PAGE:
The recent developments in State Aid Rules represent an important step in ensuring Ireland, and the EU in general, maintain the ability and flexibility to promote cohesion between regions and encourage sustainable, smart and inclusive growth. Marco Hickey discusses.

State Aid schemes in Ireland are operated by many Government departments and agencies, and they arise in the main from provisions in the National Development Plan, or from specific pieces of legislation.

Introduction

State Aids are generally contrary to the Treaty on the Functioning of the European Union unless there is prior EU Commission approval or an exemption which has been given by the Commission or the European Council. As part of the process of modernising and simplifying State Aid procedures, the Commission has declared that specific categories of State Aid are compatible with the Treaty if they fulfil certain conditions, thus exempting them from the requirement of prior notification and Commission approval. This means that Member States can grant aid that meets the conditions laid down without the formal notification procedure and only have to submit information sheets on the implemented aid.

The General Block Exemption Regulation (GBER)

On 21 May 2014, the Commission adopted a new State Aid GBER which sets out the categories of aid and the conditions under which aid measures can benefit from such an exemption. In particular, the criteria of the GBER determine the eligible beneficiaries, the maximum proportion of the eligible costs of a project that can benefit from State Aid and eligible expenses. Due to the simplification of the process, three-quarters of today's aid measures and about two-thirds of total aid amounts granted by Member States could be covered by the new GBER in the future.

Aid for SMEs

SMEs can benefit from any category of aid covered by the GBER. In addition, the section on aid to SMEs, designed specifically for SMEs, covers investment aid, aid for consultancy services and aid for participation in fairs. There is also a new category for aid for cooperation costs incurred by SMEs participating in European territorial cooperation projects. On the basis of these provisions, SMEs can benefit from public support of up to €7.5 million.

To allow Member States to boost access to finance for SMEs, the revised GBER now covers a much wider range of companies, irrespective of their geographical location, including not only SMEs from seed/start up and expansion stages, but also SMEs in later growth stages. To better align with market practices and adapt the funding to the needs of eligible SMEs, the limit of annual funding tranches of €1.5 million has been replaced by an overall limit of funding of €15 million per company. The range of possible instruments and funding architectures has also been widened to include equity, quasi-equity, loans and guarantees.

Aid for Research, Development and Innovation

The GBER acknowledges that targeted aid for research, development and innovation can play a significant role in economic growth. The notification thresholds have been doubled for research and development projects. The conditions for support for prototypes and pilot projects have been simplified and streamlined. New categories of exempted aid cover innovation clusters, research infrastructures and aid for process and innovation. Finally, the provisions on innovation for SMEs have been simplified.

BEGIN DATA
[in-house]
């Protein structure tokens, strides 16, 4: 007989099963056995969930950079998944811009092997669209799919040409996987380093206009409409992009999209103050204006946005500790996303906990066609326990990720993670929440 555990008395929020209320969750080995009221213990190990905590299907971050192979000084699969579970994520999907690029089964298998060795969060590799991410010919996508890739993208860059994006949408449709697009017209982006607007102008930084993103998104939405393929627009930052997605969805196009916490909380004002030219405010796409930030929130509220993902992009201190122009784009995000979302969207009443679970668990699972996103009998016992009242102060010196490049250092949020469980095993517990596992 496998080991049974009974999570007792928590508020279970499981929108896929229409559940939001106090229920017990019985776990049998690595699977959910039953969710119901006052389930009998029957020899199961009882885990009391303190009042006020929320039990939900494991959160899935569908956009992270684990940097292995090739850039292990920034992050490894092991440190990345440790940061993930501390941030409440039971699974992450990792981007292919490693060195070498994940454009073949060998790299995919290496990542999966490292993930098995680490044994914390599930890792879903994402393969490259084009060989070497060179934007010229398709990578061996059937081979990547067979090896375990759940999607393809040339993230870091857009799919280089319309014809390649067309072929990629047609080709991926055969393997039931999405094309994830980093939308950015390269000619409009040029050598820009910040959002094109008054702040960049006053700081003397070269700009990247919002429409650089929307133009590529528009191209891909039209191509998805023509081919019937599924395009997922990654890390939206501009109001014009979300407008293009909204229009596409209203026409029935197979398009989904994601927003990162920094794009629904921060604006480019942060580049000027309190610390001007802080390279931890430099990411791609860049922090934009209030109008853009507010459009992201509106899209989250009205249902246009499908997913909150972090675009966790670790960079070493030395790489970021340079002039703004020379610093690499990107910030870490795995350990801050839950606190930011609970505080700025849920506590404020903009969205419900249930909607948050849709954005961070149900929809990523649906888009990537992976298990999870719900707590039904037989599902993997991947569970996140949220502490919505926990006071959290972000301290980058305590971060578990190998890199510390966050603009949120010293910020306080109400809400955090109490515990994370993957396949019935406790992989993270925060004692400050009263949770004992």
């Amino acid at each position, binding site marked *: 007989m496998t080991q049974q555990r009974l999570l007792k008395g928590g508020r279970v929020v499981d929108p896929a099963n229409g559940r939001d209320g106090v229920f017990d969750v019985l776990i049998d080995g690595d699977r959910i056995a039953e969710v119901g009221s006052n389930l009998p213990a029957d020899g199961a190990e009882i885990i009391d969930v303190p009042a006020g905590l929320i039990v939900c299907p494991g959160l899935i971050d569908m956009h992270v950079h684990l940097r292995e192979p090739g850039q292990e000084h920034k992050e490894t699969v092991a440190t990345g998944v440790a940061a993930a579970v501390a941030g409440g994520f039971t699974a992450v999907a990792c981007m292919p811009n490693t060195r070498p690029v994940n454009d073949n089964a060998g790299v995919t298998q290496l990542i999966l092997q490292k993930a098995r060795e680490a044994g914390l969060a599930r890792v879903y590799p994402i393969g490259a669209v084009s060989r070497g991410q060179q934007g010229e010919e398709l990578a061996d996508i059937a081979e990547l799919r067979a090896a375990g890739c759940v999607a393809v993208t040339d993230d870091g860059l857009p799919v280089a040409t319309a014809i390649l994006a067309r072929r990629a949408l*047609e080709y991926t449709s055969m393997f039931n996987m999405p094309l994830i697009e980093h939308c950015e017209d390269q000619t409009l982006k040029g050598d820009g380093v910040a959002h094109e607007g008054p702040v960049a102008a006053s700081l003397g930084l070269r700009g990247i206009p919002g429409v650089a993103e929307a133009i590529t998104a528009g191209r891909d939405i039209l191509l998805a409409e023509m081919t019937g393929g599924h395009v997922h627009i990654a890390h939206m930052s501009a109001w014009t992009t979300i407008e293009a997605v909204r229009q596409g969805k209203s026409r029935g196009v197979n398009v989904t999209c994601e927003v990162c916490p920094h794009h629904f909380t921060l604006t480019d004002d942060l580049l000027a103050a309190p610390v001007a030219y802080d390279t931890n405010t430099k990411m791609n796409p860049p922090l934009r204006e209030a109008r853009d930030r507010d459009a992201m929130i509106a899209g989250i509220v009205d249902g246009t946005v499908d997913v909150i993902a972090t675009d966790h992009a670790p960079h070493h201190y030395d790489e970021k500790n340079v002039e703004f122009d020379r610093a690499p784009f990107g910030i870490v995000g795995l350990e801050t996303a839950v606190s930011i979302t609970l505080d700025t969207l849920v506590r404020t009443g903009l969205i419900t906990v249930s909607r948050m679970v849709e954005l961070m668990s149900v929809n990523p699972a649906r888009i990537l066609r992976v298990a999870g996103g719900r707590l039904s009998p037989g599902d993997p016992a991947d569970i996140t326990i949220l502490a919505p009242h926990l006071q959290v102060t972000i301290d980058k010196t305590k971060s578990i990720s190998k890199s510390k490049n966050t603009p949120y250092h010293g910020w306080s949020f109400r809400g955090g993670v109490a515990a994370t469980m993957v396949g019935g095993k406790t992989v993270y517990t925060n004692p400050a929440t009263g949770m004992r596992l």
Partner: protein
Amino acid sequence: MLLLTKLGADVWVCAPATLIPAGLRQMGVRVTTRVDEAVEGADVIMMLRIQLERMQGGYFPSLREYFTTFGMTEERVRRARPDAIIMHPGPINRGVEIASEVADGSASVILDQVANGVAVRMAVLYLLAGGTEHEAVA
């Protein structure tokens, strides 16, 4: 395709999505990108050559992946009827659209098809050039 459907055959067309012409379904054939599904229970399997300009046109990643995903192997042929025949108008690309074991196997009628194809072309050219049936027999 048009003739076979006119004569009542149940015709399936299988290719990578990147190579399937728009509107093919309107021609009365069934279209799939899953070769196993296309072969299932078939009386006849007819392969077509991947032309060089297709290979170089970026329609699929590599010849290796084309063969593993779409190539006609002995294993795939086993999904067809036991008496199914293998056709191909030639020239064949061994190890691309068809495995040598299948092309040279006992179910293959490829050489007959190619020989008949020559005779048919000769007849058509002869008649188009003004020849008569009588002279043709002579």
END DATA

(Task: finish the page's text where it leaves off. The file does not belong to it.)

Ireland’s Regional Aid Map

In other State Aid news, the Minister for Jobs, Enterprise and Innovation, Richard Bruton, published the new Regional Aid Map on 25 April 2014. This map provides details of areas of the country in which the State can, under EU rules, provide investment aid to businesses in order to support new investment and employment.

The current Regional Aid Guidelines, which govern the level of State Aid which may be granted by Government Departments and development Agencies as regional aid, expire at the end of June 2014.

Regional aid in Ireland is given in the form of capital grants for initial investment in fixed capital for new establishments or extensions and employment grants linked to initial investment. It is also provided under schemes for tourism grants, marine tourism, urban and rural renewal and other tax-based development schemes.

Ireland's Regional Aid Map for 2014-2020 will cover 51.28% of the country's population, a slight rise on the current coverage of 50%. The compromise agreed with the Commission will allow Member States to provide investment aid to large enterprises for ‘new economic activities and diversification of existing enterprises into new products or new process innovation’.

Conclusion

The updated Regional Aid Guidelines and the General Block Exemption Regulation represent an important step in ensuring Ireland, and the EU in general, maintain the ability and flexibility to promote cohesion between regions and encourage  sustainable, smart and inclusive growth.